Some schools have been more active than others as far as connecting various marketing companies to their players. But as far as Saban knows, that is not how it is being done at Alabama.

“I think all the players on our team who made money in name, image and likeness this year had representation on their own,” he said the day after the summit. “And all those deals were created on their own based on their brand and what they did. There’s nobody at this institution that had anything to do with any of that.”

Considering the number of marketing professionals working in college athletic departments across the country, it sounds like a reach to think none of them are lining up present or possible future athletes with companies for deals.

“These are the rules,” Sarkisian said. “We have to play by them. But it has created unique challenges that we have not seen before. Everybody’s trying to navigate through it the best way they can. But there’s a slippery slope. I don’t think any of us really know where this is going to go. This is the world we’re in right now.”

A world that now features new opportunities for agents, who used to find it more difficult to get to college athletes so they could one day sign them. Now, agents have connections to the very marketing companies paying college athletes through NIL.

“Agents are tied to the NIL deals that are tied to the marketing people that are tied to these guys when they’re in high school,” Franklin said. “So it’s extremely challenging.”

NIL also happened to come along right after COVID-19 forced the NCAA to relax transfer rules, which used to make athletes sit out a year in between transfers. They can play in consecutive years at different schools now.

“Here’s COVID. Here’s NIL, and here’s the transfer portal. Good luck, and that’s kind of where we’re at,” Sarkisian said.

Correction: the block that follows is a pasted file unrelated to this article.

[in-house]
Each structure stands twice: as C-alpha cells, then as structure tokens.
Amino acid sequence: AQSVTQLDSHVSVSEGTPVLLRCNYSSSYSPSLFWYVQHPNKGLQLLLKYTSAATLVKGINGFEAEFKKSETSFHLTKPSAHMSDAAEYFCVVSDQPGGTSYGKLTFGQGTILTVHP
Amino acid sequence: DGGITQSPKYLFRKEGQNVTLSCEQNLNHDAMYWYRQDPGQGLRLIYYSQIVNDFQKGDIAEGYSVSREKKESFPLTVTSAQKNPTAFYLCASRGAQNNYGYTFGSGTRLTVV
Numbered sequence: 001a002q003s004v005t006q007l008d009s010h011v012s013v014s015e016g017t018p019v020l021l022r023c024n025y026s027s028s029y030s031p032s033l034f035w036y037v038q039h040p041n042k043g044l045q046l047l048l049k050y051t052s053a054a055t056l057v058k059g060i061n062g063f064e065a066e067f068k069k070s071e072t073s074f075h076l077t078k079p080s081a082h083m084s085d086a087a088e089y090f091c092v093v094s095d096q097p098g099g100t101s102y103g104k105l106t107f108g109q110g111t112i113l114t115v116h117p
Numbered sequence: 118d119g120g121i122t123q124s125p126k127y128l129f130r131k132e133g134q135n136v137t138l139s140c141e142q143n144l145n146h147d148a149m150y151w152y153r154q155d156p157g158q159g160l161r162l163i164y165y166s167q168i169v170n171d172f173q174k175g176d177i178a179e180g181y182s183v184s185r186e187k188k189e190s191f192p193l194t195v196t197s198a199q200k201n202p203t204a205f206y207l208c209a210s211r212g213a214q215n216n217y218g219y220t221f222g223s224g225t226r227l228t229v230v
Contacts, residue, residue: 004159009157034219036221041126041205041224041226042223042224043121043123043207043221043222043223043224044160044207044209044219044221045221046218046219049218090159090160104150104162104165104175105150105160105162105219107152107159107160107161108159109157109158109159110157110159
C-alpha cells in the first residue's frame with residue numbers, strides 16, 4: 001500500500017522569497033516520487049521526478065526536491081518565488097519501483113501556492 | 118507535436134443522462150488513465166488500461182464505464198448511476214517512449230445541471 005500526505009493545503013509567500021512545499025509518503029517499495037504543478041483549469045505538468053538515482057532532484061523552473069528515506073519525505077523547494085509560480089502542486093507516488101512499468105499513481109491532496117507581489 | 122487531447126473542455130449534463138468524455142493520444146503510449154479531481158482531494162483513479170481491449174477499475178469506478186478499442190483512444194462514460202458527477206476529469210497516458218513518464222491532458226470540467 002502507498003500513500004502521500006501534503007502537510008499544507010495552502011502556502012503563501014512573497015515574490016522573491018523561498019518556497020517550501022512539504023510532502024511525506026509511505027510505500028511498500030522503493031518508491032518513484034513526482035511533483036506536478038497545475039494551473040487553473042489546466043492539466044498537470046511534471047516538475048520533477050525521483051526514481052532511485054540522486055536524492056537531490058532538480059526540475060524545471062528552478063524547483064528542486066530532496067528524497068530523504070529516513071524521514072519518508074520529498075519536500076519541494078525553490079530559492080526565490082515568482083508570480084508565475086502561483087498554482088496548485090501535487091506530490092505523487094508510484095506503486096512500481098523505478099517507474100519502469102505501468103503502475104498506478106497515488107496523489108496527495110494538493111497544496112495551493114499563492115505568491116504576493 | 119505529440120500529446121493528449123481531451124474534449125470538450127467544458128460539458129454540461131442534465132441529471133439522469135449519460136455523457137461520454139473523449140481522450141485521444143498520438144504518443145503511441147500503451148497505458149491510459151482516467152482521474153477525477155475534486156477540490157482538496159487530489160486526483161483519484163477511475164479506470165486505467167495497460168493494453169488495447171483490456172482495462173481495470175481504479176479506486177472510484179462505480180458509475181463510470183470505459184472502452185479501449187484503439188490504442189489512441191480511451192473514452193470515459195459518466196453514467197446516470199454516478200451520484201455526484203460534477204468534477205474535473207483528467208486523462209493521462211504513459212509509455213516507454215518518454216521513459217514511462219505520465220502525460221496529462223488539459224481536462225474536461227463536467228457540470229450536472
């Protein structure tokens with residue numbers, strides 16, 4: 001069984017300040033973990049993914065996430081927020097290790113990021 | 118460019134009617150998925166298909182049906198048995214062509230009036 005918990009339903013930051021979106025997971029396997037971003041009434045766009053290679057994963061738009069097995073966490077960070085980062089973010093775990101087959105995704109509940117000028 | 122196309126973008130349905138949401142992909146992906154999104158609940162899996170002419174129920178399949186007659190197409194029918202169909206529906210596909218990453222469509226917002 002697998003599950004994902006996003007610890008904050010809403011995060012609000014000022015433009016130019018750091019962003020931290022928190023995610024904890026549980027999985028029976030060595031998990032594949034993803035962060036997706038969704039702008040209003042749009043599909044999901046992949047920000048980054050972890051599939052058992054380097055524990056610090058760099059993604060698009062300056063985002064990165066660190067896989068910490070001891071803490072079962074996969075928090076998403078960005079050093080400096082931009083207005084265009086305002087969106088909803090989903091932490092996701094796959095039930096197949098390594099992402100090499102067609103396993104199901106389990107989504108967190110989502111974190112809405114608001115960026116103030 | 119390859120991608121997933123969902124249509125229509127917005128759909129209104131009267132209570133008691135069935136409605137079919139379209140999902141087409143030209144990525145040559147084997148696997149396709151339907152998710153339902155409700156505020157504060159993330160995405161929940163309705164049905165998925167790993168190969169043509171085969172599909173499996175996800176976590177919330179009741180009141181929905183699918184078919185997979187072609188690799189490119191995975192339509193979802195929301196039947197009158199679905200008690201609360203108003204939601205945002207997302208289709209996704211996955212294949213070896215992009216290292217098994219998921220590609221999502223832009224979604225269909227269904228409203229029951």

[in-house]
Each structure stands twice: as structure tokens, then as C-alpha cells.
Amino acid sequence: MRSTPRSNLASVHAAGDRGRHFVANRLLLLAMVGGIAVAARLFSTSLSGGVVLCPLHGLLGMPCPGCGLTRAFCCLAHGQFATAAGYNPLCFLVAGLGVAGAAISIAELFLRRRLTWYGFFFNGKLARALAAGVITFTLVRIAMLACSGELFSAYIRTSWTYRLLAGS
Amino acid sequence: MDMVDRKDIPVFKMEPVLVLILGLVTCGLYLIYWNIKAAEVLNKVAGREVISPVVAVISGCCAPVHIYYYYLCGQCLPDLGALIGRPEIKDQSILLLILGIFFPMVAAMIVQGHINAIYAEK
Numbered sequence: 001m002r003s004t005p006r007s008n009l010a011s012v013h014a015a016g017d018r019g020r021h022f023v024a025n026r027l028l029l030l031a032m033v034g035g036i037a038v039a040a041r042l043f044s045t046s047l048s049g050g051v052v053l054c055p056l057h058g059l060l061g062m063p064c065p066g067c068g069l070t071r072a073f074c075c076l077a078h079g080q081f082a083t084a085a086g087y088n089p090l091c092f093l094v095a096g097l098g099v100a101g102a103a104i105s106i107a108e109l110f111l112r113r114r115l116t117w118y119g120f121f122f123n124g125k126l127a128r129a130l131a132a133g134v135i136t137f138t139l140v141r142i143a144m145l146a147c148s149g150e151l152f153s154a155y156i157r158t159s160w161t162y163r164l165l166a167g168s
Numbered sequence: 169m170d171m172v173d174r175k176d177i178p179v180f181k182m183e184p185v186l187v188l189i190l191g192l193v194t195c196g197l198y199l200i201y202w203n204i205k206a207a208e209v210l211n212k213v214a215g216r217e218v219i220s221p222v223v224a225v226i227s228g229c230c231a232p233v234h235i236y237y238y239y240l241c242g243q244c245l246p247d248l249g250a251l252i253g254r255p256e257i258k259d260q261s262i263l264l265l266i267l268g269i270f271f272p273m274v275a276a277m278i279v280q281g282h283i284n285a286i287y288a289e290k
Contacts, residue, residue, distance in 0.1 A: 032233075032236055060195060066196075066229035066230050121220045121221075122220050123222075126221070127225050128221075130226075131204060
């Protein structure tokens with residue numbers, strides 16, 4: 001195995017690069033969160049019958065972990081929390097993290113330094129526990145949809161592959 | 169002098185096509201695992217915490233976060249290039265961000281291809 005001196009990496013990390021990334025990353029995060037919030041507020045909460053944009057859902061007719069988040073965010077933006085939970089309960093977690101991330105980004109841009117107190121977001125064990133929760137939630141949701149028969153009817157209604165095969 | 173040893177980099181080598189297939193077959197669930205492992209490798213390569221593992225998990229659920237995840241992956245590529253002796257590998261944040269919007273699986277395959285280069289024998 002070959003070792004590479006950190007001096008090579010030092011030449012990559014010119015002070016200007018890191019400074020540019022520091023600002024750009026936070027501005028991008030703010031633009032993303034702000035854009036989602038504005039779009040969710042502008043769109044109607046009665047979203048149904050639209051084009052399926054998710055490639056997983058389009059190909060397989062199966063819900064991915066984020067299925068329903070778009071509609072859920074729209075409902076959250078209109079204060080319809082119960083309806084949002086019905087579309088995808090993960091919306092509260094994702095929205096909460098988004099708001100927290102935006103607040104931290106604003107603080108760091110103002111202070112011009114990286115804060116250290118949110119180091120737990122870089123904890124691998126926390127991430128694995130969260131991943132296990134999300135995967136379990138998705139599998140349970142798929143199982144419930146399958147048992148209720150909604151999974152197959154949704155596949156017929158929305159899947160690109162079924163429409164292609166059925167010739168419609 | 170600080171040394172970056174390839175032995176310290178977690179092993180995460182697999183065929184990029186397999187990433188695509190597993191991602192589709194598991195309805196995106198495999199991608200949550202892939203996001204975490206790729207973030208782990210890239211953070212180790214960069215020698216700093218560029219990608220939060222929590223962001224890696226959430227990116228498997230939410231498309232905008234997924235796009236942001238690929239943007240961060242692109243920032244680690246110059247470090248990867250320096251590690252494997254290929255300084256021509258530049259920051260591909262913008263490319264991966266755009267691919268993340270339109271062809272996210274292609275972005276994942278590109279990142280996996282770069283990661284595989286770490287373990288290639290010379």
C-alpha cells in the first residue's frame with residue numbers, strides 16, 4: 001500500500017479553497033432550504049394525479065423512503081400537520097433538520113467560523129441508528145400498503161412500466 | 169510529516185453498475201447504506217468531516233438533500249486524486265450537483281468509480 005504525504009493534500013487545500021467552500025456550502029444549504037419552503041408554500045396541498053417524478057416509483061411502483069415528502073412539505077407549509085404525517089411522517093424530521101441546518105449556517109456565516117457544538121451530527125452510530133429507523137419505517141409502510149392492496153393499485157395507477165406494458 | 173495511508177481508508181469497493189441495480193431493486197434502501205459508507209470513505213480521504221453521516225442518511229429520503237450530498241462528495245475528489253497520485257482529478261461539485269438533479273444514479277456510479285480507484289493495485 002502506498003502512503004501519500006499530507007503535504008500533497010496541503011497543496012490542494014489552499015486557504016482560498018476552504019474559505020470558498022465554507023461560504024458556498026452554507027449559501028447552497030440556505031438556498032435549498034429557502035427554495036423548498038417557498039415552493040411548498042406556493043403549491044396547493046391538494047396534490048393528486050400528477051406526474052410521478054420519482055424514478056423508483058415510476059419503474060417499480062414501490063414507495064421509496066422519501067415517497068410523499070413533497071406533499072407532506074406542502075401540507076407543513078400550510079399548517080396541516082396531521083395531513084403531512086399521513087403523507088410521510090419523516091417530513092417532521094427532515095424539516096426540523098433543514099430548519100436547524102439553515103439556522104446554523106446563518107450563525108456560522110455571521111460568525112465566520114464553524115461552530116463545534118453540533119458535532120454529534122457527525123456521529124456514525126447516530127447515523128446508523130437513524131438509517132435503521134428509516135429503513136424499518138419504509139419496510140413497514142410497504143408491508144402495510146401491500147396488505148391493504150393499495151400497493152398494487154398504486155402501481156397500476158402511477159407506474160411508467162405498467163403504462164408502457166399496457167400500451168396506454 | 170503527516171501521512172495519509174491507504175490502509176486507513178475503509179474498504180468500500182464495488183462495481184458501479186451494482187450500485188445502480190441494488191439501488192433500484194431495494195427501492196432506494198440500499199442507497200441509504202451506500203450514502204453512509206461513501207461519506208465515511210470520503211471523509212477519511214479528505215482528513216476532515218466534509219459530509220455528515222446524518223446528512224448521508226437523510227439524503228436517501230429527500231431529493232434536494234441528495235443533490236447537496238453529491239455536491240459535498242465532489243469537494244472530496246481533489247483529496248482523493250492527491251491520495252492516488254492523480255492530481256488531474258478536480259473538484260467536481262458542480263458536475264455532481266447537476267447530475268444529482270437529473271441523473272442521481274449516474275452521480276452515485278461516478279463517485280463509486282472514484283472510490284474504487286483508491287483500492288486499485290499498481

The transfer portal has been commonly referred to college football’s version of the NFL’s free agency. NFL free agency, though, is more strictly governed than that of the “amateur” game. NFL has a time window in the spring for free agency movement and a salary cap.

“The rules say you’re not supposed to recruit a kid until he gets in the portal,” Sarkisian said. “But I think we can agree that there’s a lot of people on our rosters who are getting recruited who are not in the portal yet. And that’s the dangerous part — people recruiting your own players before they even want to get in the portal. And then enticing them with NIL opportunities down the road. I get the idea behind NIL, but a lot of times rules get made, and sometimes we don’t think about the consequences that arise from them down the road.”

Another unintended consequence involves high school athletes. Suddenly, they’re not being recruited in droves as they were in the past — like last year — because football programs are now more interested in finding scholarships for transfers out of the portal. Instead of teams commonly having high school and junior college signees in the 20s, may schools signees numbered in the teens on signing day Wednesday.